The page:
MINNEAPOLIS — Former Southern Baptist Convention President Frank Page said he doesn’t expect much to result from the work of advisers to the White House’s office dealing with faith-based and community groups.
“I believe that the policy recommendations that will come forth will be relatively innocuous, good, helpful,” said Page, a member of the panel, on Sept. 10 at the annual meeting of the Religion Newswriters Association. He expects results to be not much more than “low-hanging fruit.”
“There will be good things, but nothing of great substance.”
While Page has publicly disagreed with Obama on some issues, notably abortion, he nonetheless praised the president for his “responsible fatherhood” and poverty initiatives, as well as his commitment not to fund abortion under his proposed health care reforms.
The South Carolina pastor called himself the “resident fundamentalist” on the 25-member advisory panel that includes Christians, Jews, Muslims and a Hindu as well as representatives of secular organizations. Despite “some serious disagreements” with Obama, Page said he prays for the president daily and is honored to be a member of the advisory council.
“I am shocked that I am a part of such an esteemed group,” Page told the newswriters. “I … consider myself to be a Baptist Forrest Gump. And if you remember that old movie … this poor fella showed up in places that he never imagined he would be and found himself in the midst of world-changing events. Well, that’s the way I feel about me.”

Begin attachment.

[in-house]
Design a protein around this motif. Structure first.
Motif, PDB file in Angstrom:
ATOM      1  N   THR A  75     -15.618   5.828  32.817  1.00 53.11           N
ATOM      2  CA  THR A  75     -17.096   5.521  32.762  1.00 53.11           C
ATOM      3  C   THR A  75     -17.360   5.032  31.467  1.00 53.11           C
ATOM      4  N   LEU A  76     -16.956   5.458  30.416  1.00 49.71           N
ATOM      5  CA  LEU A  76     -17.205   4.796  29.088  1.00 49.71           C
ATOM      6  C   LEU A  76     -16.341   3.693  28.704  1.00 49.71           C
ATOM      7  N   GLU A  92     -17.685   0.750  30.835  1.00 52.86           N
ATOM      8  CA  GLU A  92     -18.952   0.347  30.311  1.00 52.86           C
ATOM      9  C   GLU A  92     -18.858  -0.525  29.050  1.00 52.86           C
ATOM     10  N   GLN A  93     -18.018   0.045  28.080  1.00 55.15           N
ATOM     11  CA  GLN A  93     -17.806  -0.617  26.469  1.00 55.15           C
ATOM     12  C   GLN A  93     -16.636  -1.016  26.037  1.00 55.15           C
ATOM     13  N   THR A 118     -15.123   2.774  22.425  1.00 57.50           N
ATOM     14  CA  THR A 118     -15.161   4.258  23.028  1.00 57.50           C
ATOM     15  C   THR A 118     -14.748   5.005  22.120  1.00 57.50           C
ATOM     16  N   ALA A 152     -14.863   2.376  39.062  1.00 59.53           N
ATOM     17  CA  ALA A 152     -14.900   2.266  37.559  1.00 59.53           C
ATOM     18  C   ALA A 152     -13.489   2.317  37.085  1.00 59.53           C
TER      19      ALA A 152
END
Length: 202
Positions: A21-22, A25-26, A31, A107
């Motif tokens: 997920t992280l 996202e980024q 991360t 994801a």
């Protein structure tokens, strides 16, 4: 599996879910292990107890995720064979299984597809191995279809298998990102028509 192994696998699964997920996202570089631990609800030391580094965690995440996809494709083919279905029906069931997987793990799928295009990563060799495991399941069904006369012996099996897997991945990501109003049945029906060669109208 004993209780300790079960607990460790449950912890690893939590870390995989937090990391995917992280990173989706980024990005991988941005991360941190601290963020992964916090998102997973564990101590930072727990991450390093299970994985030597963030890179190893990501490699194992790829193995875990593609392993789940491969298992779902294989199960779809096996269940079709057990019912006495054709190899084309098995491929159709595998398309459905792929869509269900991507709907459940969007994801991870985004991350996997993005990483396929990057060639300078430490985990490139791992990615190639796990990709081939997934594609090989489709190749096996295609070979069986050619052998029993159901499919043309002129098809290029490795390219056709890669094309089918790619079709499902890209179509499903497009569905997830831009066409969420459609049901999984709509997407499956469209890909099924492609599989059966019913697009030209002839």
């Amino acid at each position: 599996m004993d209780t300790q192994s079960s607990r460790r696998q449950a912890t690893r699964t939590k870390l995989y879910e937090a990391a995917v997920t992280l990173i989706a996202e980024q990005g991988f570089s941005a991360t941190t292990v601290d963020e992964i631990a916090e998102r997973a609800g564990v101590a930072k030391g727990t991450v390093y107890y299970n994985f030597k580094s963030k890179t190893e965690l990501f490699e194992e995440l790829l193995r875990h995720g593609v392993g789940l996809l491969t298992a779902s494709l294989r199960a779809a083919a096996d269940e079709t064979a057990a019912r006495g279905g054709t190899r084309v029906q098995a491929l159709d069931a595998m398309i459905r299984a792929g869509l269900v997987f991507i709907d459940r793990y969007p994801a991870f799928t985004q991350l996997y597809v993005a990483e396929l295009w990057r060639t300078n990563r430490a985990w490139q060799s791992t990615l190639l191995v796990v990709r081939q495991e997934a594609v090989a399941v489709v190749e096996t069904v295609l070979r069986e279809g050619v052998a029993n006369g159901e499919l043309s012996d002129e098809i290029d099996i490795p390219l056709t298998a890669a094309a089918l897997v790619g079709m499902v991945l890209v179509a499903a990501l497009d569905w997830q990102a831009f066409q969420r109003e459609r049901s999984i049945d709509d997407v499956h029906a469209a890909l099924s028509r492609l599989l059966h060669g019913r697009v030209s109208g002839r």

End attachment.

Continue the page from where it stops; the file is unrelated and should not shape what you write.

The White House did not immediately comment on Page’s remarks; the director of the faith-based office, Joshua DuBois, had earlier canceled his scheduled appearance at the Minneapolis conference.
Peg Chemberlin, president-elect of the National Council of Churches and also a member of the advisory panel, said she thinks the work of the council is more than political expediency for the White House.
“I don’t think that this is primarily about political cover, but I think this is about affirming that the faith community’s got something to offer,” she said. “The nonprofit community is a huge and important sector in building the common good.”
Asked if they saw any potential common ground being reached on abortion, both Page and Chemberlin expressed hopes that the White House might succeed in its work to reduce the need for abortion.
“That’s probably the only common ground that I can see coming forth on that issue,” Page said.